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EDITORIAL: Crying over spilled oil

['The Hibernia platform.']
The Hibernia platform. — File photo

It looks like it’s time for a more exhaustive regulatory system.

Over the weekend, just 48 hours after coming back online from its last oil spill, a power failure on the Hibernia production platform caused another spill.

That brings the total in the last 10 months to three self-reported offshore oil spills. The biggest was at Husky’s floating production storage and offloading vessel on the White Rose field, where 250,000 litres of oil spilled as a result of a faulty connector. That rig was shut down for nine months after the incident. Last month, Hibernia had a spill of an estimated 12,000 litres of oil.

The latest spill? Something like 2,200 litres that overflowed from a waste containment drain system.

There has to be clear discussion about what trade-offs we’re willing to make as a province as we continue to reap financial benefits from the oil industry.

Cast this against the provincial government’s stated intention to support dramatically increasing oil exploration — and the province’s ownership stake in many offshore oil fields — and you can see why, when it comes to regulation, the status quo just doesn’t seem to be good enough.

The next question is what that regulation should look like. The province has been campaigning for a more generic system for approving oilfield work, especially exploratory wells. Part of that push is simple competitiveness; a generic system where boxes can be ticked more quickly means less cost, and in order to go ahead, potential oil production here has to not only be financially competitive with Canadian fields, but with oil production worldwide.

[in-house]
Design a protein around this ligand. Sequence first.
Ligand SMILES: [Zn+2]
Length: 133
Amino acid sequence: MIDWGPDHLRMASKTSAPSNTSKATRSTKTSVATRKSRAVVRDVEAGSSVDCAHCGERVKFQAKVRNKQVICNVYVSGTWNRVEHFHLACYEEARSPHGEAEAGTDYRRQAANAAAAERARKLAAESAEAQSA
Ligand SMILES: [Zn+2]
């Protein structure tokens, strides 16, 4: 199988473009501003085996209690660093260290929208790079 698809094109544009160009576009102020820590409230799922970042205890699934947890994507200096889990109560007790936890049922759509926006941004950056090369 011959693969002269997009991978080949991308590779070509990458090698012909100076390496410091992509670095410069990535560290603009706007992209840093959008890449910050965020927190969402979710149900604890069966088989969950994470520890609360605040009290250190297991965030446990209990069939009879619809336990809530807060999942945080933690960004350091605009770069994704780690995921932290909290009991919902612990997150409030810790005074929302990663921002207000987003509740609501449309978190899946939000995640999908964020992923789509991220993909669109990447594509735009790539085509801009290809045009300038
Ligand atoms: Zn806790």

On the other hand, even the head of the Canada-Newfoundland and Labrador Offshore Petroleum Board (CNLOPB), Scott Tessier, has expressed concern about the latest spill.

There has to be clear discussion about what trade-offs we’re willing to make as a province as we continue to reap financial benefits from the oil industry.

Provincial Natural Resources Minister Siobhan Coady seems to be becoming a reluctant convert to the idea of more regulation, telling the CBC on Monday, “There are some that believe it doesn’t have the teeth, I think it does. But is there more that we need to do with the C-NLOPB? And we’ll certainly do that, more.”

Perhaps there’s a need for independent observers and something more proactive than self-reporting of spills by oil companies. Maybe there even has to be an independent environmental regulator. (Perhaps, at the same time, another issue related to the CNLOPB could be dealt with: the creation of a separate, stand-alone offshore safety agency. It’s something that was recommended after the Cougar helicopter crash, but was not acted upon.)

There are too many eggs in a single offshore basket. The provincial government wants the revenues from oil production, oil companies want their revenues, and the CNLOPB not only regulates, but promotes the sale of new offshore oilfield leases.

In 10 months, there have been three spills too many. Something’s not working here.

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